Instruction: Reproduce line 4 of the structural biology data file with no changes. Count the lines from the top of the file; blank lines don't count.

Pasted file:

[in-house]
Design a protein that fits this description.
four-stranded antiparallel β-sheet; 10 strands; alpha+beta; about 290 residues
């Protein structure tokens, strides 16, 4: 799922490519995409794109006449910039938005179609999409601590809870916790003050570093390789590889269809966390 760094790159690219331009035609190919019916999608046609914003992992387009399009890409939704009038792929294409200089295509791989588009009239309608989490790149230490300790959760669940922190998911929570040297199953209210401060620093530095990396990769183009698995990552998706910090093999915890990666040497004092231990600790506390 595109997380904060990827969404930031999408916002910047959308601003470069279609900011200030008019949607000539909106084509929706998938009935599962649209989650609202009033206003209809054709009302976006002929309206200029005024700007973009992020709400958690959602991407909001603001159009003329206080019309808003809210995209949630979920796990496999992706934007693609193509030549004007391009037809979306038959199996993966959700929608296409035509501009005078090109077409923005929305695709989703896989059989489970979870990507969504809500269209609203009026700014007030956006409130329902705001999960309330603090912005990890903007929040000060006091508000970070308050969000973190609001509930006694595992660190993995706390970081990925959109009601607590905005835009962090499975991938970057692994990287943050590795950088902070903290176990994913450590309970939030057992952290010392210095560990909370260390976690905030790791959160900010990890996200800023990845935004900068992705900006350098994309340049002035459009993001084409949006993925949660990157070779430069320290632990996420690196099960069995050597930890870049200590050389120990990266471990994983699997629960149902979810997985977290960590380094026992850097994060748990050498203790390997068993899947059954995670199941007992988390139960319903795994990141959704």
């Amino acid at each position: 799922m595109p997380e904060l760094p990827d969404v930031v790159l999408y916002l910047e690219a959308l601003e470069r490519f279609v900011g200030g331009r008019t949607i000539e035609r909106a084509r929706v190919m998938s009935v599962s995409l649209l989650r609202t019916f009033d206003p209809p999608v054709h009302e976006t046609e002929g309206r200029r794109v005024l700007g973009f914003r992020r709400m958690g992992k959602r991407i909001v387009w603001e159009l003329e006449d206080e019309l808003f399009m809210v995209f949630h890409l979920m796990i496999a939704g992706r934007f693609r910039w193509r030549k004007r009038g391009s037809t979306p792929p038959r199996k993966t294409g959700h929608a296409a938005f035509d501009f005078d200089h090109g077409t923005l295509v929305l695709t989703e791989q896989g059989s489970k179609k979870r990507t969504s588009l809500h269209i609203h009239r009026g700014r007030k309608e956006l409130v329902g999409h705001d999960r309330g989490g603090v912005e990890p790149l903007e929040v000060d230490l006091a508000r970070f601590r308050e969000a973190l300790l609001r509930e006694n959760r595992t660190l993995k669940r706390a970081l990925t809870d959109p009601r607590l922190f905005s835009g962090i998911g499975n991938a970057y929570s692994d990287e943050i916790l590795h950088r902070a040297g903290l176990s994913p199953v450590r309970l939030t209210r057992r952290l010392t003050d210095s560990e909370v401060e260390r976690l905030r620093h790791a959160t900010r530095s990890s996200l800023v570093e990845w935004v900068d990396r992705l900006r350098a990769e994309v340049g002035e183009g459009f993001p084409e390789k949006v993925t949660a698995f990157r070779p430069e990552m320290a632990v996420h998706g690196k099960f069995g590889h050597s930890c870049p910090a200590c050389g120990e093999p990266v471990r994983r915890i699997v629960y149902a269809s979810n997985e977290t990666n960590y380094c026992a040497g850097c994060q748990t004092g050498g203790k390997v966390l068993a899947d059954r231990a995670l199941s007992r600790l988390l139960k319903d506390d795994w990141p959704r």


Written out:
């Protein structure tokens, strides 16, 4: 799922490519995409794109006449910039938005179609999409601590809870916790003050570093390789590889269809966390 760094790159690219331009035609190919019916999608046609914003992992387009399009890409939704009038792929294409200089295509791989588009009239309608989490790149230490300790959760669940922190998911929570040297199953209210401060620093530095990396990769183009698995990552998706910090093999915890990666040497004092231990600790506390 595109997380904060990827969404930031999408916002910047959308601003470069279609900011200030008019949607000539909106084509929706998938009935599962649209989650609202009033206003209809054709009302976006002929309206200029005024700007973009992020709400958690959602991407909001603001159009003329206080019309808003809210995209949630979920796990496999992706934007693609193509030549004007391009037809979306038959199996993966959700929608296409035509501009005078090109077409923005929305695709989703896989059989489970979870990507969504809500269209609203009026700014007030956006409130329902705001999960309330603090912005990890903007929040000060006091508000970070308050969000973190609001509930006694595992660190993995706390970081990925959109009601607590905005835009962090499975991938970057692994990287943050590795950088902070903290176990994913450590309970939030057992952290010392210095560990909370260390976690905030790791959160900010990890996200800023990845935004900068992705900006350098994309340049002035459009993001084409949006993925949660990157070779430069320290632990996420690196099960069995050597930890870049200590050389120990990266471990994983699997629960149902979810997985977290960590380094026992850097994060748990050498203790390997068993899947059954995670199941007992988390139960319903795994990141959704």